A little retro adventure

chappies net 2

Chapman’s Peak

Today, out of the blue, I was asked if I wanted to go for a motorbike ride with someone I’d never met. Yeah yeah, I know, but it’s a Facebook thing and it came about after a long debate on art. I jumped at the chance because it’s been years since I rode a bike, and after some discussion about jackets and boots (it’s over 30 degrees today so this didn’t sound right but ‘safety first’) I was ready and waiting at the gate with my camera. I had visions of selfies in the rear-view mirror like so many other people seem to manage easily, but those are not as easy as you think.

So, off we went to look at the burnt-out mountains. First we sped off down the motorway towards Ou Kaapse Weg at over a zillion miles an hour.  I held on very tight. We stopped twice to take photos and look around. We went over Chapman’s Peak which has reopened despite what I think is considerable danger of falling rocks. After out first stop I was comfortable and let go of  Marius. I held the handy bars at the side and even leaned back gently against the container-thingie. Totally cool!

Downside of riding a bike: The clothing. The jacket I wore weighed a ton and made me very hot when we were not moving. The helmet soaked my head with perspiration. The gloves are as thick as a mattress so there’s no chance of holding a camera. Getting on and off is a very graceless affair with rude words.

Upside of riding a bike: You see more than from inside a car, much more. Fuel consumption is way better than a car.  Nipping in and out of traffic and getting up Ou Kaapse Weg in minutes is a joy. People look at you but they can’t actually see you under the spacesuit. The road really does come up to meet you, especially going around the bends of Chappies and that hairpin bend on Ou Kaapse Weg, but you can close your eyes.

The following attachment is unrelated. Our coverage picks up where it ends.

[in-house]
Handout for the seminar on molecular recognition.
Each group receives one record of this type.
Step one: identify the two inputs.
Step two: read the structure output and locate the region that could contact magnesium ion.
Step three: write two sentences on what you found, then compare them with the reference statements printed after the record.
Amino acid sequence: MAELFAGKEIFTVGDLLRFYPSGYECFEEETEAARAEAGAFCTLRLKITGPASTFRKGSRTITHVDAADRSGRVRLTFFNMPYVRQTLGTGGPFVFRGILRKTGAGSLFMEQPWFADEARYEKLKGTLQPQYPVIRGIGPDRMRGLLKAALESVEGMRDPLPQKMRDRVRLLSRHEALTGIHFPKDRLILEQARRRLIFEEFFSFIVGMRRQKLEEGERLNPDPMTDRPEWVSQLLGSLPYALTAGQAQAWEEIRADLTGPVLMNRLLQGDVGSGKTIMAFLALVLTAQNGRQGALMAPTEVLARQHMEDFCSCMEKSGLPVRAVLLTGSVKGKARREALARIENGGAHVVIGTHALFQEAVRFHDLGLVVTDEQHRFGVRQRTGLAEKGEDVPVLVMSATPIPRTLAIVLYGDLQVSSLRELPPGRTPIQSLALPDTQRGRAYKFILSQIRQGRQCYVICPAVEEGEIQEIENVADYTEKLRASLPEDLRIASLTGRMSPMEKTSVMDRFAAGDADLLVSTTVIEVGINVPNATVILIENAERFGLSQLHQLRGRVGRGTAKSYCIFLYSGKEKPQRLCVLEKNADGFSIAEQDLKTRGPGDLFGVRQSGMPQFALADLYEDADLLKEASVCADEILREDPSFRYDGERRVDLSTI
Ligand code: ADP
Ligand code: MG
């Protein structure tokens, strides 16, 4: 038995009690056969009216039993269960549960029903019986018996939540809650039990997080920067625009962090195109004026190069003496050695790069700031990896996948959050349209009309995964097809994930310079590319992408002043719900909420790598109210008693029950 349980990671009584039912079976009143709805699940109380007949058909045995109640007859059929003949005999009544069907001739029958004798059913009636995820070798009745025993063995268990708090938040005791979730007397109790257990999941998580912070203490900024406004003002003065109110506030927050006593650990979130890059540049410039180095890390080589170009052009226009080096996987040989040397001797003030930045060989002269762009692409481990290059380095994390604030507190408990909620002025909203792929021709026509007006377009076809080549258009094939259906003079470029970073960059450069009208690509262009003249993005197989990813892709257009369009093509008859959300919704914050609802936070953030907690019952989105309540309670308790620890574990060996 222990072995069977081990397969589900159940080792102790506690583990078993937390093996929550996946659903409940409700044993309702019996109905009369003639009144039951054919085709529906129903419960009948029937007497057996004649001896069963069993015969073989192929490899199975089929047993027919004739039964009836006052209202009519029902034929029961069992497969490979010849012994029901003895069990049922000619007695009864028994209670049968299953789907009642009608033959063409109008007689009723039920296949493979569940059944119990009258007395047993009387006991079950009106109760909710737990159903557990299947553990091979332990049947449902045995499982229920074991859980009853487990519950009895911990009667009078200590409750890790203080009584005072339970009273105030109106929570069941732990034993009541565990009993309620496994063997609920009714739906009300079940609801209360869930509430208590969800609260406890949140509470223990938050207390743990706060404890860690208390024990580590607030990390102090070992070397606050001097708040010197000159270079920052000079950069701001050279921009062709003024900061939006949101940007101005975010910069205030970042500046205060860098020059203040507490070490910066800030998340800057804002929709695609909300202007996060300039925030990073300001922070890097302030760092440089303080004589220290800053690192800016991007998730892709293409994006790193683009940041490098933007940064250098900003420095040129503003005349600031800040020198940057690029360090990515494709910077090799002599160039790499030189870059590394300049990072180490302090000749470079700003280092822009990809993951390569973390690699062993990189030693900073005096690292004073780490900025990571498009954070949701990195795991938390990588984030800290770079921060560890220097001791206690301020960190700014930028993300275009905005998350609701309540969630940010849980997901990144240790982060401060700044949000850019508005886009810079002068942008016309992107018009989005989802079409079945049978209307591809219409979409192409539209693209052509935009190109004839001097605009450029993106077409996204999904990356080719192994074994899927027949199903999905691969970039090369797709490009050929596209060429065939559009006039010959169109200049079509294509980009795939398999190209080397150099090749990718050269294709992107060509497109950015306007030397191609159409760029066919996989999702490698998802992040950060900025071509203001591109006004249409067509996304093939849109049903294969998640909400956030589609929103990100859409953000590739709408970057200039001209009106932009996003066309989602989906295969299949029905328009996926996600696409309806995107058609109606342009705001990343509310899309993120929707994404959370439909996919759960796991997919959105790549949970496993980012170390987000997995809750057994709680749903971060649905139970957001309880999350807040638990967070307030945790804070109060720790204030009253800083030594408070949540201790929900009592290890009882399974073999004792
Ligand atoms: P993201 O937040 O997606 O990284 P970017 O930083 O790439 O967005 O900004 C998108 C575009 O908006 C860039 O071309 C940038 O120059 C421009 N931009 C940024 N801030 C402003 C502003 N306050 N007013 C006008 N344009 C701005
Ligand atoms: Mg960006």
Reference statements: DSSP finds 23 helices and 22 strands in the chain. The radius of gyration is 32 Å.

The desolation of Silvermine.

silvermine 2

Check it out! The ‘boney’ in question BMW 1200, because when it comes to bikes, size does matter.

silvermine seed looking for a home

This little seed was rolling around looking for a home.

silvermine new life

Life sprouting already.

silvermine sign

This sign ..

silvermine sign not burnt

and this sign … why has this one survived?

silvermine other photog

We weren’t the only ones taking photos.

silvermine false bay

In the background, Muizenberg mountains where it all began.

chappies net

Chapman’s Peak. The nets are still there but have been heated so much that they need attention and may not be strong enough to hold large boulders.

chappies still beautiful

Chappies still manages breathtaking views.


There we go, the perfect selfie.


We can see clearly again

alphen 10 march

What a pleasure to see the mountains clearly again and to not have the stench of fire in ones nose while walking the four-legged wonder.

Last week was hell. Mountain fires, the hottest day in 100 years, driving through smoke, smelling smoke all the time. It’s not over yet because the mountains are still burning in Jonkershoek near Stellenbosch, and other regions, but the Peninsula is back to normal, whatever that is.

If you’re on Facebook check out these excellent photos from the Silvermine area (only part of the 6000 hectares that burnt last week) – fire is always so photogenic.

My previous entries about the Tokai Manor House and ghost received hundreds of hits last week because there were rumours that it had burnt down so people were Googling it like mad. It has not burnt down, it is still there. The surrounding plantation did burn however, and a few houses in Zwaanswyk.

And of course these fires didn’t actually fit in with my planned tours but some improvisation around clients’ special interests helped a bit, and I even landed up being a guide in my own old neighbourhood. Check it out here. I’ve just received awesome feedback from them so clearly I did something right.

Ok, enough blowing my own trumpet; it’s wine o’clock and the garden needs watering – I have a special way of combining the two.


A note to all accidental visitors:

I am not a photographer and do not claim to have any particular skills whatsoever in that department. I have enormous respect for those who can see the potential in a scene and can create a great photo. Good photography is an art, in my opinion.

I am just a happy snapper, I have no special lenses or accessories, my camera is very simple and it's usually best to leave the setting on auto.

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